• The project now has a consistent source of human dermis tissue from which stem cells can be isolated. This includes skin containing hair follicles and also skin without follicles. Spherical culture of human skin-derived stem cells has been performed. It was found that directing stem cells into cells that make cartilaginous matrix can be more efficacious if done under low oxygen tension. Since much of the prior work on directing stem cells from the skin to form neocartilage has been done using animal-derived stem cells, in the next project period neocartilage will be formed using human stem cells instead. Technologies developed using animal models can thus be translated toward human use.
  • Resulting from injuries or wear-and-tear that leads to osteoarthritis, cartilage degeneration is a problem that costs in excess of $65B per annum. Toward developing a long-term solution for this vexing problem, cellular therapies hold the promise of replacing degenerated cartilage with healthy tissue. This Development Candidate Feasibility Award is a first step toward the overall goal of developing a cell-based cartilage repair therapy using stem cells derived from the skin. The therapy would begin with a biopsy of the patient’s own skin to harvest dermis isolated, adult stem cells (DIAS cells), which will undergo processing to yield neocartilage. This neocartilage will then be implanted into the patient’s joint to restore or improve mobility.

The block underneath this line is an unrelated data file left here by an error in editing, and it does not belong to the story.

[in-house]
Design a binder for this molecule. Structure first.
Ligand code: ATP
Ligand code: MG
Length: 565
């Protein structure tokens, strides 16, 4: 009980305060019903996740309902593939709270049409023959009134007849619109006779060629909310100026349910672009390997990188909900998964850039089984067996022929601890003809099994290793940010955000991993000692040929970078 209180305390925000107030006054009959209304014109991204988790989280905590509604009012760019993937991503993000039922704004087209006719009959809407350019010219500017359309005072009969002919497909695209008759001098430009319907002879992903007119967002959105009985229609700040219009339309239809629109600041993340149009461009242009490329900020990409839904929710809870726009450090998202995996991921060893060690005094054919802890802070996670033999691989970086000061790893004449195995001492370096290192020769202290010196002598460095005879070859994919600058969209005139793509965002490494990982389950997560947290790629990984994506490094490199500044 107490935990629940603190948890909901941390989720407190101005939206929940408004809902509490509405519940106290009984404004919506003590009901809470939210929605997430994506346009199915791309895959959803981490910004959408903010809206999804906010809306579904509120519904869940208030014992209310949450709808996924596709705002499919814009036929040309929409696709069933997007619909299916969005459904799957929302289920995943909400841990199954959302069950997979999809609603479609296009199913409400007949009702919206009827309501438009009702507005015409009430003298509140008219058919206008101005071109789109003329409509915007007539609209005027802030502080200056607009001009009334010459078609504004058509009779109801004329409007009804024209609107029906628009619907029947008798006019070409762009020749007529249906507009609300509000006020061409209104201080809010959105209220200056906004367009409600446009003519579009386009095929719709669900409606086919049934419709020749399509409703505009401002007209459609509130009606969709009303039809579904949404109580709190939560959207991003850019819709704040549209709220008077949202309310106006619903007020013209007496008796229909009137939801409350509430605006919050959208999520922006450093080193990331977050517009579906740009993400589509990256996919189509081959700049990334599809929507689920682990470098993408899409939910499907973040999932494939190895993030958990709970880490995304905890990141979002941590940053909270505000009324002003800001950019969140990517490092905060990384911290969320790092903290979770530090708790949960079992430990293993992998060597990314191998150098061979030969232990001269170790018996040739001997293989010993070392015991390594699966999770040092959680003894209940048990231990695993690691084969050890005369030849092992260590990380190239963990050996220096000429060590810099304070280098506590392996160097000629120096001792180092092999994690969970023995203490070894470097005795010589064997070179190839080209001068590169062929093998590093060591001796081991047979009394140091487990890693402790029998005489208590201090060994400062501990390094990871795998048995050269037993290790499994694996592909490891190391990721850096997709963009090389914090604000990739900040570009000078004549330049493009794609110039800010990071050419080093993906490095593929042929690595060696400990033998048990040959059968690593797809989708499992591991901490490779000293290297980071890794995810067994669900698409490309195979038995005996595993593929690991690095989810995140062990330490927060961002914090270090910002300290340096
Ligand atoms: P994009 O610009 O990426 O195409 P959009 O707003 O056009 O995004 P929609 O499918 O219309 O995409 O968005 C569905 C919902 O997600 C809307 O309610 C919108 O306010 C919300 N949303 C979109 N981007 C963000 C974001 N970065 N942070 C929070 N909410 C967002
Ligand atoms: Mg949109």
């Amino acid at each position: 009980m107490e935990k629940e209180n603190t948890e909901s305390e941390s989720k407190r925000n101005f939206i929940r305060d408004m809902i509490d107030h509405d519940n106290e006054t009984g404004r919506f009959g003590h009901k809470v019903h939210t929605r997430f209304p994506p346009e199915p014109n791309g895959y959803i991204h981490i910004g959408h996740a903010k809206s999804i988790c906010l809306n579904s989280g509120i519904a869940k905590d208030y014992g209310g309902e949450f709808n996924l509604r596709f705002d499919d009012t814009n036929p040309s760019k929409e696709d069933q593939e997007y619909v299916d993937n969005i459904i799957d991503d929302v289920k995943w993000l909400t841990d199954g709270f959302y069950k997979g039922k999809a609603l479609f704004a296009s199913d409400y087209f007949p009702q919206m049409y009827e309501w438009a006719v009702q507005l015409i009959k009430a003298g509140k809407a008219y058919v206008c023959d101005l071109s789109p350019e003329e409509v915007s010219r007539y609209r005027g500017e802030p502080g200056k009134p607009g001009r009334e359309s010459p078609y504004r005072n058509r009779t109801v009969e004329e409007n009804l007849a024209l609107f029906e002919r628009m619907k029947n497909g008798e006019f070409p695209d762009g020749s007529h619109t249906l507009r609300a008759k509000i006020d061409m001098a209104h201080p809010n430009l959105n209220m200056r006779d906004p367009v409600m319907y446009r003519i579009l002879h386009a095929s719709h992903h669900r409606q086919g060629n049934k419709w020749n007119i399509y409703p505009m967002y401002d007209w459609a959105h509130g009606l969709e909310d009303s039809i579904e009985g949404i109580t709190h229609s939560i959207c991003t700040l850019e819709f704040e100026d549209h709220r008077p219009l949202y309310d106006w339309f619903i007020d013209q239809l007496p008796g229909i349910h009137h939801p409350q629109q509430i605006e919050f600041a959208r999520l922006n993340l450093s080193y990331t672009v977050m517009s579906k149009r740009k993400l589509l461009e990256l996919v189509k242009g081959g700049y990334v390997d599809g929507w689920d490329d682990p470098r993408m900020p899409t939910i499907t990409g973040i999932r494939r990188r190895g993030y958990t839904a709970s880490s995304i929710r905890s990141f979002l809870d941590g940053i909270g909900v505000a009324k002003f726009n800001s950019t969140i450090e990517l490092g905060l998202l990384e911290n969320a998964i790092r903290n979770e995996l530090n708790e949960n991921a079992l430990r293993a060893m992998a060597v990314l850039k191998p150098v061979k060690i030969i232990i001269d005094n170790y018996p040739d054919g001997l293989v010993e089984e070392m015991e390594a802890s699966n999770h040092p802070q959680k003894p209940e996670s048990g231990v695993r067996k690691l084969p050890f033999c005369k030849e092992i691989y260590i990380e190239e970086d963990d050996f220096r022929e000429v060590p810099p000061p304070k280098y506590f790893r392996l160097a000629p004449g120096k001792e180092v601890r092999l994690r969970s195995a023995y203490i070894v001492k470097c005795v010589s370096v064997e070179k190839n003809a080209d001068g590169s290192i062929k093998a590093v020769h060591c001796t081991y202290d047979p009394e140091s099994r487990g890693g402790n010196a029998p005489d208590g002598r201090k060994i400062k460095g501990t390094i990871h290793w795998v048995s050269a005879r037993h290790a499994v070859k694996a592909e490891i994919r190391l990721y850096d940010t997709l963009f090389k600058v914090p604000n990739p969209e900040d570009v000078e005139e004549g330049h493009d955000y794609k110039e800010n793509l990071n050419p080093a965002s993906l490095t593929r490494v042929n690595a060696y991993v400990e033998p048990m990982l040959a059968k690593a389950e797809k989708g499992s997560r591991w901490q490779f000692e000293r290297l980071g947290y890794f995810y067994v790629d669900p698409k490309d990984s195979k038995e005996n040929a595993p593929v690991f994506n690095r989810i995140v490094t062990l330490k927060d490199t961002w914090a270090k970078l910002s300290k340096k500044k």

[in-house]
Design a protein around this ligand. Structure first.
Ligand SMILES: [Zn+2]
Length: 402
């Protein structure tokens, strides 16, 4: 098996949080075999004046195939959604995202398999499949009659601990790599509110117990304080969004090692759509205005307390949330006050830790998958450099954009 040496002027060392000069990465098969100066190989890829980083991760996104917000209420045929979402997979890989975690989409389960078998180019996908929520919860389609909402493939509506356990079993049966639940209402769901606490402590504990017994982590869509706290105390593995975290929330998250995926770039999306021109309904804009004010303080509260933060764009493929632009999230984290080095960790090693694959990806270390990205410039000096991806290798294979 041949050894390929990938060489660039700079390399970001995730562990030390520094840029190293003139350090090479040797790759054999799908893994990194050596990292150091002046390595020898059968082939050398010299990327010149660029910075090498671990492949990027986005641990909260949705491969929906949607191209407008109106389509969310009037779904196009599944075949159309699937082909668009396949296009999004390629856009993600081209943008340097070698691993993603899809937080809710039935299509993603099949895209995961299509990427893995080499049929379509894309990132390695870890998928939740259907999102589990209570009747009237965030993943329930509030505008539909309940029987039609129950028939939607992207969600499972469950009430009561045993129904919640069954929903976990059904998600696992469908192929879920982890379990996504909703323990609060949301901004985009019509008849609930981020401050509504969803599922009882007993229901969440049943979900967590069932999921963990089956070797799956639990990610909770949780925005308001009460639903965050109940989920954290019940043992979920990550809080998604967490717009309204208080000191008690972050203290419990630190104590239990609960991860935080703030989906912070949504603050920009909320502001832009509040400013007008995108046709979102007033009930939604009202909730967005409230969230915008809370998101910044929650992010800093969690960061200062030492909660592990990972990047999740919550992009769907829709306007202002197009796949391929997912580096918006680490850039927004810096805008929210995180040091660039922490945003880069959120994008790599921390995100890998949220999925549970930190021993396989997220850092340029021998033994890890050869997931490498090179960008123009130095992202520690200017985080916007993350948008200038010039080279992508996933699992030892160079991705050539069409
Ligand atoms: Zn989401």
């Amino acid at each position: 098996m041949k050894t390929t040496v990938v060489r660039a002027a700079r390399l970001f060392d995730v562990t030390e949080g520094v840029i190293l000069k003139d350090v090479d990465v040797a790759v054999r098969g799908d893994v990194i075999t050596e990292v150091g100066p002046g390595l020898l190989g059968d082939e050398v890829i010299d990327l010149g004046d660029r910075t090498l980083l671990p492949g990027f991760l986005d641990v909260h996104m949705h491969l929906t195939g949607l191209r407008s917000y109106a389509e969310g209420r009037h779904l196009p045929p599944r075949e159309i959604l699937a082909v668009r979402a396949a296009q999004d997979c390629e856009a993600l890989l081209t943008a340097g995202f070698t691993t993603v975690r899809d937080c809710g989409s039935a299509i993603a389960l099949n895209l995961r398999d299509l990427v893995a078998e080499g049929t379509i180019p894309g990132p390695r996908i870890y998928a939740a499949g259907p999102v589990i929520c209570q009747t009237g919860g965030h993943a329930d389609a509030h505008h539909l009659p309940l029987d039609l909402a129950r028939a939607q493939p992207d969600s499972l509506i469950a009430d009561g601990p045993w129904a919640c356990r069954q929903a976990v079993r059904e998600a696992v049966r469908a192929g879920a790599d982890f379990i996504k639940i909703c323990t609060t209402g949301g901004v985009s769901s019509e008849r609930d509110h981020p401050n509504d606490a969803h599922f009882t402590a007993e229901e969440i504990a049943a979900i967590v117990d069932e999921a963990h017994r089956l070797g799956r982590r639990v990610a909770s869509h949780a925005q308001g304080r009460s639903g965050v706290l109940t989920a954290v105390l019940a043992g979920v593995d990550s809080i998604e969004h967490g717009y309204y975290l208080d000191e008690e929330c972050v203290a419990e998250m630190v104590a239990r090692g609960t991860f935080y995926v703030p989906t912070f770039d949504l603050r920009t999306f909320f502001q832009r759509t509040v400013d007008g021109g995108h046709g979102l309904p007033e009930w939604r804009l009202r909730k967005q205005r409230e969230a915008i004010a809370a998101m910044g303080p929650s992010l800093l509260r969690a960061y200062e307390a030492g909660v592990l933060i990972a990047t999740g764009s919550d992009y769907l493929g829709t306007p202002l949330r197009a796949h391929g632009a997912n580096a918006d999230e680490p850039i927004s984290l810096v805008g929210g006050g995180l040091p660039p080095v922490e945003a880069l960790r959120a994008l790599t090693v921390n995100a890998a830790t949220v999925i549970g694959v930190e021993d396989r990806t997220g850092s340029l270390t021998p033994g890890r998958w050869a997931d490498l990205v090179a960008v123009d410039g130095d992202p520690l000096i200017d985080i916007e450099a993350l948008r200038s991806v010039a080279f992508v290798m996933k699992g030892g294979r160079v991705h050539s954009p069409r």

• During this progress report period, a major milestone has been completed. Previously, DIAS cells have been isolated from various animal models, including sheep, goat, and rabbit. Comparing animal skin and human skin showed notable differences, including morphology, response to enzymatic digestion, and the rate at which cells attach to tissue culture plastic. As a result, protocols that successfully yielded DIAS cells using animal models could not be directly applied to isolating DIAS cells from human skin. During the first six months of this reporting period, human DIAS cells were isolated and used to engineer neocartilage. Characterizing the human DIAS cell population showed that cells shared similar characteristics with stem and progenitor cells previously identified by other groups as originating from various niches of the skin. Neocartilage constructs formed using human DIAS cells were found to contain twice as much glycosaminoglycans and three times more collagen; these are cartilage extracellular matrix component important in imparting mechanical function to the tissue. Neocartilage constructs generated from human DIAS cells also contained five times higher compressive modulus and close to twice the tensile modulus of constructs generated using sheep DIAS cells. The completion of this important milestone allowed for progression to the next milestones of this award.